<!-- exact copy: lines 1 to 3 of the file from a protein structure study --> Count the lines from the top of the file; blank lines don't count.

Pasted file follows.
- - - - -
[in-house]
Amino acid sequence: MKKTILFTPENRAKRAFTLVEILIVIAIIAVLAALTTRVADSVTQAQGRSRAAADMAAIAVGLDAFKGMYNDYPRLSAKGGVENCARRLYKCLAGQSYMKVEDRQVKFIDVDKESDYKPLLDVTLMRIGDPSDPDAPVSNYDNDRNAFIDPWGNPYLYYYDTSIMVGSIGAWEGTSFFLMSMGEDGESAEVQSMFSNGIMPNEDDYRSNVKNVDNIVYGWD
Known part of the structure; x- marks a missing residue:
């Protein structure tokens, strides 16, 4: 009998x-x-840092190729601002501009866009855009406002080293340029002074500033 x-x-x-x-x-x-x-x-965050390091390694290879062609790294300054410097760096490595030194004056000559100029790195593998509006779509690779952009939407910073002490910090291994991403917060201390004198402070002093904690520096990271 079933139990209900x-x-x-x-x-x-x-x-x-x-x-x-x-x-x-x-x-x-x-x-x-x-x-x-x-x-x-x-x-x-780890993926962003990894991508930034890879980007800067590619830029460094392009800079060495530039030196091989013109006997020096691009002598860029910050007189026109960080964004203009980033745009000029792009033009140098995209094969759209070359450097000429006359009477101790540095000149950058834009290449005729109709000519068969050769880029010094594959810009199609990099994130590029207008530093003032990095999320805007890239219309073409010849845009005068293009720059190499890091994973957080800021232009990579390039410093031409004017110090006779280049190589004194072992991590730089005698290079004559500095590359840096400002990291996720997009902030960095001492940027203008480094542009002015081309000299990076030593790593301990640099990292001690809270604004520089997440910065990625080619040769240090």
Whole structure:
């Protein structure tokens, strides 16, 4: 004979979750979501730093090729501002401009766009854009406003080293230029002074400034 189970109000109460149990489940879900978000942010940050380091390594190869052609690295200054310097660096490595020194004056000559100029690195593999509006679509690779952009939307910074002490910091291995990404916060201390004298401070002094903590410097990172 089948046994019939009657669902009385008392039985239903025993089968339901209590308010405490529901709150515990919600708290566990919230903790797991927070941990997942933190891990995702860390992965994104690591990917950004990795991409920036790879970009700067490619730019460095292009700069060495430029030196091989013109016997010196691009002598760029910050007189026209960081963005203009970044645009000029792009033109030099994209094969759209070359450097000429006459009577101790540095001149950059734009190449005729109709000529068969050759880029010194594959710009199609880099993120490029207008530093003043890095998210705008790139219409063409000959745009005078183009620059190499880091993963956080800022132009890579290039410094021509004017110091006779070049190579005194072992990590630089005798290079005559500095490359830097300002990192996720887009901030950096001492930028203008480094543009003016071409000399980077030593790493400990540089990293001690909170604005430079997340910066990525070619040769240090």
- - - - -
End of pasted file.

[in-house]
Amino acid sequence: MKKTILFTPENRAKRAFTLVEILIVIAIIAVLAALTTRVADSVTQAQGRSRAAADMAAIAVGLDAFKGMYNDYPRLSAKGGVENCARRLYKCLAGQSYMKVEDRQVKFIDVDKESDYKPLLDVTLMRIGDPSDPDAPVSNYDNDRNAFIDPWGNPYLYYYDTSIMVGSIGAWEGTSFFLMSMGEDGESAEVQSMFSNGIMPNEDDYRSNVKNVDNIVYGWD
Known part of the structure; x- marks a missing residue: